August 15, 2019 / 2:06 AM / 9 days ago

FOREX-Yen holds gains, traders seek safety as Treasury market sounds recession alarm

* Graphic: World FX rates in 2019 tmsnrt.rs/2egbfVh

* Yield-curve inversion latest sign of economic trouble

* Yen, Swiss franc benefit from safe-haven flows

* Falling Treasury yields pressure dollar/yen (Adds Australian dollar, Sterling)

By Stanley White

TOKYO, Aug 15 (Reuters) - The yen held gains against major currencies on Thursday as sliding Treasury yields fanned fears of a severe global economic downturn and drove investors into safe-haven assets.

The latest turbulence in financial markets was triggered by an inversion in the U.S. Treasury yield curve for the first time in 12 years, which helped lift gold prices and drove a massive sell-off in U.S. stocks and oil.

The inversion, where 2-year yields trade higher than 10-year yields, has historically preceded previous economic recessions.

Underscoring the worrying signs, 10-year Treasury yields slumped to the lowest in three years in Asian trade while 30-year Treasury yields broke below 2%, which took the entire yield curve below the floor for the Federal Reserve’s policy rate.

Sentiment was already fragile after economic data from China and Germany revealed the extent of the damage the U.S.-Sino trade war is causing to two of the world’s largest exporters.

In this dim economic environment, analysts expect safe-haven currencies, gold, bonds and other low-risk assets to continue to get a boost.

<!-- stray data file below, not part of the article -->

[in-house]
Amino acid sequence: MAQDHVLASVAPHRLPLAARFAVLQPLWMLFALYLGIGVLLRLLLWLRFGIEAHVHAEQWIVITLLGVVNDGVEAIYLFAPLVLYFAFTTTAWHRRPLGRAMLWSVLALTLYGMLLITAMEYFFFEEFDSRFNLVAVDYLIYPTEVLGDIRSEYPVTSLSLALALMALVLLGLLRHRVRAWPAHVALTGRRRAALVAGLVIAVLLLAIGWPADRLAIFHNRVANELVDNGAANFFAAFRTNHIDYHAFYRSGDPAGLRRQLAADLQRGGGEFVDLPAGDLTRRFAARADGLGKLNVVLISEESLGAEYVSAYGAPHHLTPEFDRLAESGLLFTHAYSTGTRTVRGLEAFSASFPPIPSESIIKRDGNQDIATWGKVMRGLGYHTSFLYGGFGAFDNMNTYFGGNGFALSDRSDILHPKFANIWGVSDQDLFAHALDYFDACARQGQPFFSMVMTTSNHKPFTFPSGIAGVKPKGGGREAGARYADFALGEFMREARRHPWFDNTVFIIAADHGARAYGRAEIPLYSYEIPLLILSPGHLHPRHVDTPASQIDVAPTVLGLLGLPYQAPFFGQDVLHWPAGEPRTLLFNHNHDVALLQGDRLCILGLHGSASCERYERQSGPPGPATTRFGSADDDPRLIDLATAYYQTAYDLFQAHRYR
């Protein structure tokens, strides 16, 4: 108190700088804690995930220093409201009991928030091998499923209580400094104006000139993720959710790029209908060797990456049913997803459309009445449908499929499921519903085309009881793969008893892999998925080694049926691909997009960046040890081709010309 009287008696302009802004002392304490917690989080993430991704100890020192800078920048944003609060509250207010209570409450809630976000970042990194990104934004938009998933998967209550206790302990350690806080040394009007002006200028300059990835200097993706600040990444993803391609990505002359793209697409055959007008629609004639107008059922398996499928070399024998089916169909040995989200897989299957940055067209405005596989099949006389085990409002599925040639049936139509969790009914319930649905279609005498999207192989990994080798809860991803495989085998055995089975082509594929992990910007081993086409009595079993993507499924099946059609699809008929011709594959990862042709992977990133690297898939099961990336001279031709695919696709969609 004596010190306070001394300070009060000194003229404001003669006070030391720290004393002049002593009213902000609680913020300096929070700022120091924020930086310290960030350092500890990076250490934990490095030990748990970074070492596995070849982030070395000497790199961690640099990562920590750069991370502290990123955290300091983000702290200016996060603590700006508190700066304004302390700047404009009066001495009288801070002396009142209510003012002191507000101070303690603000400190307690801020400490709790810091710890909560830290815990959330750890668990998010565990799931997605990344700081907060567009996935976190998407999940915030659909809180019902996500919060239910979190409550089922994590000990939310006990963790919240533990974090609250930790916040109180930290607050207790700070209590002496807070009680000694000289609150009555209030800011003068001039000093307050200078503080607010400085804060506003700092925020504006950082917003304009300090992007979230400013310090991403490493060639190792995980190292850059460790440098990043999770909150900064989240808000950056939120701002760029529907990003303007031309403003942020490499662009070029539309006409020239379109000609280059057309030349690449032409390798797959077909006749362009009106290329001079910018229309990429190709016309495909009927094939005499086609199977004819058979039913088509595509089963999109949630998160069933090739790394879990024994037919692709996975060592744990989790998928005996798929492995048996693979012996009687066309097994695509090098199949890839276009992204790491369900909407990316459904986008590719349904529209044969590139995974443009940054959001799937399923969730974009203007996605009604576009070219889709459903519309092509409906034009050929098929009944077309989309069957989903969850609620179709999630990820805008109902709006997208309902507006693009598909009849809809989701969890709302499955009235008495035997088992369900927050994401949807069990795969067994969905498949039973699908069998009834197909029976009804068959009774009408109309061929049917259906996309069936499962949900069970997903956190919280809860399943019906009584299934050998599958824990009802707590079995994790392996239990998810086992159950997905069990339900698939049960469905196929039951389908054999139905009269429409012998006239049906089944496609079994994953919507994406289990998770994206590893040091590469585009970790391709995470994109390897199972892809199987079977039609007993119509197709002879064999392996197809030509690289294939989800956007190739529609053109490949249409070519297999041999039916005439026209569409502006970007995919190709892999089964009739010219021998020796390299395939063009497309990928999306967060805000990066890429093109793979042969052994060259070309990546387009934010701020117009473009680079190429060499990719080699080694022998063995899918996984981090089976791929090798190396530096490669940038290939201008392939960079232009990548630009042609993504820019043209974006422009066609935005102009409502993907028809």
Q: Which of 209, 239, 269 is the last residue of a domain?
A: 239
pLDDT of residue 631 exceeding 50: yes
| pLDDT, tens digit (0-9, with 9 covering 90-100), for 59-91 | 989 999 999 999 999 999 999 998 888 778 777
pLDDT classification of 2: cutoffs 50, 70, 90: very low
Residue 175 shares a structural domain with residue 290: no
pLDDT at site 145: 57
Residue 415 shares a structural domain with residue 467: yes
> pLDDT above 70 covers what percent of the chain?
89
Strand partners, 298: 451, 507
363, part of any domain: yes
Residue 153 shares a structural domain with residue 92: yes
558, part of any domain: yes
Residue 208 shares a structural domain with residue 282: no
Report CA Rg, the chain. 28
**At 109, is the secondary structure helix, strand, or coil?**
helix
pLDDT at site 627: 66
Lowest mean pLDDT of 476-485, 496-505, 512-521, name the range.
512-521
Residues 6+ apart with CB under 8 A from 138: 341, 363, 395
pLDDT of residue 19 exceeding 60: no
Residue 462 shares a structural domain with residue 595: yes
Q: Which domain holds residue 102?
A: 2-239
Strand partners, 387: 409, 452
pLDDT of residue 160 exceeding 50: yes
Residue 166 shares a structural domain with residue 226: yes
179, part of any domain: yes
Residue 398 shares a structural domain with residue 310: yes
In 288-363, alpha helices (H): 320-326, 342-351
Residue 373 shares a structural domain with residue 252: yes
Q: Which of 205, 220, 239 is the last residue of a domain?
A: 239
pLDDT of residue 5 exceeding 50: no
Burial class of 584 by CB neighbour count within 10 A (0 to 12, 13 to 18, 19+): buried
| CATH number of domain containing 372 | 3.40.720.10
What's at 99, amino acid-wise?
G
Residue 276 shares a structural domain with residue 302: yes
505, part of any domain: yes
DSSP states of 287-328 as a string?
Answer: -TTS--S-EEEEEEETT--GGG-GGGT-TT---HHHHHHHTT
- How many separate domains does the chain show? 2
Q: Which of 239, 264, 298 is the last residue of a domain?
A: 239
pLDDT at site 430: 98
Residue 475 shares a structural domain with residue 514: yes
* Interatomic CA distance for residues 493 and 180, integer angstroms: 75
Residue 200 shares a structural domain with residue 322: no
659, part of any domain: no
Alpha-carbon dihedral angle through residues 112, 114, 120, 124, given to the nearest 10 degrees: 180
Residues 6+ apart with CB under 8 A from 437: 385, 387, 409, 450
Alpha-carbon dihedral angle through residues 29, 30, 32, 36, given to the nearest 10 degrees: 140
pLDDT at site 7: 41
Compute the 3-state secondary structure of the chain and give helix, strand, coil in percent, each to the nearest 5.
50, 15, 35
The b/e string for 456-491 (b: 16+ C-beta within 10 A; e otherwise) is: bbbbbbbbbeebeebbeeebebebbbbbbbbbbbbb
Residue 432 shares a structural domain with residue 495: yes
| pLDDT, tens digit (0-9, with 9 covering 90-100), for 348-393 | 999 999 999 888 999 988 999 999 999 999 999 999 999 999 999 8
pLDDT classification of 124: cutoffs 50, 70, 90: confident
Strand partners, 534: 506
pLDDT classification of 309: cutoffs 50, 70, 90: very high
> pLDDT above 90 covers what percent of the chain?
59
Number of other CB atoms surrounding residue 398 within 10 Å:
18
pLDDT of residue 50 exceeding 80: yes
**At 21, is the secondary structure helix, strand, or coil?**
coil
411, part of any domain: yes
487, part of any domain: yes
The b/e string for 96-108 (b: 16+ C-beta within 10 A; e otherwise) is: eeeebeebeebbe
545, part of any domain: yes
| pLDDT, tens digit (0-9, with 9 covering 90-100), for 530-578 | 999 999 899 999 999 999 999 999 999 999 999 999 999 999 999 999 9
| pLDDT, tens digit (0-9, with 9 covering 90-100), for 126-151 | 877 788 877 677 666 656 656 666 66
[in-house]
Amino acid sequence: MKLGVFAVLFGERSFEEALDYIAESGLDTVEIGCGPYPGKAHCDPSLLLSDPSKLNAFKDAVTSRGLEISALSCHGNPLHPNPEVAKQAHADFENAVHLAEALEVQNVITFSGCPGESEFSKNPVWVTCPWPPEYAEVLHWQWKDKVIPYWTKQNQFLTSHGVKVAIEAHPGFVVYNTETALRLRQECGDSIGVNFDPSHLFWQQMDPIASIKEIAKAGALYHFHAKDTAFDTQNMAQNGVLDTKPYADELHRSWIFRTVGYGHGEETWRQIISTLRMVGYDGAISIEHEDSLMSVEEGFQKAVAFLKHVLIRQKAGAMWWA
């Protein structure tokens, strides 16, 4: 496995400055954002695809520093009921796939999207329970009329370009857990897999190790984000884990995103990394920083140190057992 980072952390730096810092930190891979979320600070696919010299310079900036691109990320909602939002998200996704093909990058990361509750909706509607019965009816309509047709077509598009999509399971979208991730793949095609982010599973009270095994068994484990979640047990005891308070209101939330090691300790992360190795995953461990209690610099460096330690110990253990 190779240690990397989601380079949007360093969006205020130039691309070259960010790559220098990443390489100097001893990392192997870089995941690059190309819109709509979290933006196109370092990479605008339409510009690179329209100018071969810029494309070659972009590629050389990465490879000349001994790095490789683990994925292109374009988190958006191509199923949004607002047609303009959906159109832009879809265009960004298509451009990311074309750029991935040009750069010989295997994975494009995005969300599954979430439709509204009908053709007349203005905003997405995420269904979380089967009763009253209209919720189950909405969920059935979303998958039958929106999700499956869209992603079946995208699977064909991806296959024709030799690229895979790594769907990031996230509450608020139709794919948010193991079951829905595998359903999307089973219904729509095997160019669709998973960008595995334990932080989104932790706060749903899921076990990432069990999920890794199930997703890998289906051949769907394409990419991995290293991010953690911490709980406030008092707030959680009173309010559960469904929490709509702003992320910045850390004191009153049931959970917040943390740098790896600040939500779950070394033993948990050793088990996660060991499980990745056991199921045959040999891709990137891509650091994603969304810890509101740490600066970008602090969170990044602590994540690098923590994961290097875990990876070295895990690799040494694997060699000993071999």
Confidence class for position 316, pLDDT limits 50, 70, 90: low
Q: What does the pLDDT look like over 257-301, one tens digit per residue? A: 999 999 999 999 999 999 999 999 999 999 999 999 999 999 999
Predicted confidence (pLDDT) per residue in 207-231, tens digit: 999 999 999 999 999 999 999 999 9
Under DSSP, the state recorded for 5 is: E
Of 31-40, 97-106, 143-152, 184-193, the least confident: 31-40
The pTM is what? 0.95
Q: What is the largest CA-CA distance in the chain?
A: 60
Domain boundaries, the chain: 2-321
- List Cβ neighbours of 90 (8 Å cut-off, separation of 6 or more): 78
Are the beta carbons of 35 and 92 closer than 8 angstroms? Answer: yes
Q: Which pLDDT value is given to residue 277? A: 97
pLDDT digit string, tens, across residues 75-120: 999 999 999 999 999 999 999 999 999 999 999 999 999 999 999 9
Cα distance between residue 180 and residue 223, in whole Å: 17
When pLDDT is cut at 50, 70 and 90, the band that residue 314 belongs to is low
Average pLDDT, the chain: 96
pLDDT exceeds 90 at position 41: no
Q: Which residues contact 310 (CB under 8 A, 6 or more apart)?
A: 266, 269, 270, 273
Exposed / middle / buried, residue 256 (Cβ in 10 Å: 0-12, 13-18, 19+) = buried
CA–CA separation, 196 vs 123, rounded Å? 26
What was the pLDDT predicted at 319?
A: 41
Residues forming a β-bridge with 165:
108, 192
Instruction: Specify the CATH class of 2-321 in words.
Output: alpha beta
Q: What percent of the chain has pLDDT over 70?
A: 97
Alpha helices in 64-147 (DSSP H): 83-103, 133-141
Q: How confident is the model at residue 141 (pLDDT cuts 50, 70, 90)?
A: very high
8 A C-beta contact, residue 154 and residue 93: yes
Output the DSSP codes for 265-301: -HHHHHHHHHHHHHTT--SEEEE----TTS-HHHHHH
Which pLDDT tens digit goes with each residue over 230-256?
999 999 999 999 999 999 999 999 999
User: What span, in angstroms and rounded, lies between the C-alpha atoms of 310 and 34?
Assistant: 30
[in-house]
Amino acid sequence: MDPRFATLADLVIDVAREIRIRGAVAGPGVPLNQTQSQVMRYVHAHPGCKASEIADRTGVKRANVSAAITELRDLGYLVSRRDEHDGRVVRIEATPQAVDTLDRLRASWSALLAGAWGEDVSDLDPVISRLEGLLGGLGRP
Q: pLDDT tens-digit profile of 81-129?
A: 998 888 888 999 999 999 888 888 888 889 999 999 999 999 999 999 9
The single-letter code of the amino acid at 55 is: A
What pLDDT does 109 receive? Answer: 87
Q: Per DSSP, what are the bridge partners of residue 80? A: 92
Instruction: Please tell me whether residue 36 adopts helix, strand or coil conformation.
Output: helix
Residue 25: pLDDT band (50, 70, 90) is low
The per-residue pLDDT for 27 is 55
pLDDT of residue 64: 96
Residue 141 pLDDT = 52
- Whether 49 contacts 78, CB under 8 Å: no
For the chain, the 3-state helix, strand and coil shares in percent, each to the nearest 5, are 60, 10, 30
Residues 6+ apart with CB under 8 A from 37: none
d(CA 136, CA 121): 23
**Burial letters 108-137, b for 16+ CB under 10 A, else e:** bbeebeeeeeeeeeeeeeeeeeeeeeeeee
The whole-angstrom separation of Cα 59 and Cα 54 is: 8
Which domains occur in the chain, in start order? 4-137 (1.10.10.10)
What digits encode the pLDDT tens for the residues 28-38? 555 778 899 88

“When volatility rises, dollar/yen becomes strongly correlated with Treasury yields, so the currency pair has more room to fall,” said Junichi Ishikawa, senior foreign exchange strategist at IG Securities in Tokyo.

“I expect other safe havens to rise. The mood is downbeat, because of the trade war and bad economic data.”

The dollar was little changed at 105.90 yen in Asian trading Thursday. On Wednesday, the yen rallied 0.8% versus the greenback, its biggest daily gain in two weeks.

The dollar index, which measures its value against a basket of six major currencies, stood at 97.914 after a 0.2% gain on Wednesday.

U.S. bonds remained well bid in Asian trade. The 10-year Treasury yields skidded to the lowest since September 2016 and 30-year Treasury yields extended their rapid decline, plunging to an all-time low of 1.9649%.

Spot gold, which is usually bought in times of economic uncertainty, rose 0.3% toward the highest in six years.

Against the dollar, the Swiss franc last traded at 0.9735, holding on to a 0.3% gain posted on Wednesday.

Investors had plenty of reasons to stay away from riskier assets.

Ten weeks of increasingly violent clashes between police and protesters in Hong Kong have plunged the city into its worst crisis since it reverted to China from British rule in 1997, which could lead to more risk aversion in the currency market.

U.S. President Donald Trump on Wednesday tied a U.S. trade deal with China to a humane resolution to the protests, raising the stakes in a wide-ranging standoff with China over its trade and industrial policies.

More protests are planned on Friday and over the weekend in different areas of Hong Kong.

Sterling was little changed at $1.2069. The pound has been hemmed into a tight trading range recently due to lingering uncertainties about whether Britain will exit the European Union without transitional trading agreements.

Data on British retail sales are due later Thursday, which may provide further clues about how consumers are coping with heightened concerns about Brexit.

The Australian dollar rose 0.5% to $0.6786 after data showed the Australian economy added a forecast-busting 41,100 new jobs in July.

However, reflecting the rising global economic risks, futures still imply an 84% chance of a quarter point rate cut to 0.75% in October, with November seen better than 100%.

RBA Deputy Governor Guy Debelle also highlighted the risks from the trade war in a speech earlier on Thursday, warning it could trigger a self-fulfilling global downturn. (Reporting by Stanley White; editing by Richard Pullin, Sam Holmes & Shri Navaratnam)

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